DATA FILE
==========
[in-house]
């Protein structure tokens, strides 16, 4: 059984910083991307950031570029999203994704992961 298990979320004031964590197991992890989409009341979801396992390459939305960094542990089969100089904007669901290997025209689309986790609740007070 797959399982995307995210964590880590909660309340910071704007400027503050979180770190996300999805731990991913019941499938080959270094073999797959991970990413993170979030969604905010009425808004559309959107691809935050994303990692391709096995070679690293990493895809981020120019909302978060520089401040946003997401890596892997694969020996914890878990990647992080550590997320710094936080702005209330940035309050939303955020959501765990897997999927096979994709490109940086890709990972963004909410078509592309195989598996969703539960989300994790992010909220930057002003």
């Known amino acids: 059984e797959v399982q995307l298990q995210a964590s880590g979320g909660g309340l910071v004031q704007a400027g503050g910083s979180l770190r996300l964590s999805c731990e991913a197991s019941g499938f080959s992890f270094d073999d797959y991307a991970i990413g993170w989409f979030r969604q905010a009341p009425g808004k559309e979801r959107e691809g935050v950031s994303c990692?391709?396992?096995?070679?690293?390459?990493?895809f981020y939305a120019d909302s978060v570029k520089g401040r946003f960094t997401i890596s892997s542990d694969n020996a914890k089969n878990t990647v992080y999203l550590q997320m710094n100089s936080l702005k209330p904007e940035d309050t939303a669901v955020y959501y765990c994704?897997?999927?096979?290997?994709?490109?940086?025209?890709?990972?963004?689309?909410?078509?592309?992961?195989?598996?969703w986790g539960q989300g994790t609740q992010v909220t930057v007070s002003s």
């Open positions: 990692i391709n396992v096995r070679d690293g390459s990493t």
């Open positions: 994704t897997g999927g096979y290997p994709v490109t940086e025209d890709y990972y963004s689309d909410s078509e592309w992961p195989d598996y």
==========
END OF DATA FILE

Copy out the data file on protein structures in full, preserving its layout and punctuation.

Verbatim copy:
[in-house]
């Protein structure tokens, strides 16, 4: 059984910083991307950031570029999203994704992961 298990979320004031964590197991992890989409009341979801396992390459939305960094542990089969100089904007669901290997025209689309986790609740007070 797959399982995307995210964590880590909660309340910071704007400027503050979180770190996300999805731990991913019941499938080959270094073999797959991970990413993170979030969604905010009425808004559309959107691809935050994303990692391709096995070679690293990493895809981020120019909302978060520089401040946003997401890596892997694969020996914890878990990647992080550590997320710094936080702005209330940035309050939303955020959501765990897997999927096979994709490109940086890709990972963004909410078509592309195989598996969703539960989300994790992010909220930057002003």
């Known amino acids: 059984e797959v399982q995307l298990q995210a964590s880590g979320g909660g309340l910071v004031q704007a400027g503050g910083s979180l770190r996300l964590s999805c731990e991913a197991s019941g499938f080959s992890f270094d073999d797959y991307a991970i990413g993170w989409f979030r969604q905010a009341p009425g808004k559309e979801r959107e691809g935050v950031s994303c990692?391709?396992?096995?070679?690293?390459?990493?895809f981020y939305a120019d909302s978060v570029k520089g401040r946003f960094t997401i890596s892997s542990d694969n020996a914890k089969n878990t990647v992080y999203l550590q997320m710094n100089s936080l702005k209330p904007e940035d309050t939303a669901v955020y959501y765990c994704?897997?999927?096979?290997?994709?490109?940086?025209?890709?990972?963004?689309?909410?078509?592309?992961?195989?598996?969703w986790g539960q989300g994790t609740q992010v909220t930057v007070s002003s």
């Open positions: 990692i391709n396992v096995r070679d690293g390459s990493t």
């Open positions: 994704t897997g999927g096979y290997p994709v490109t940086e025209d890709y990972y963004s689309d909410s078509e592309w992961p195989d598996y």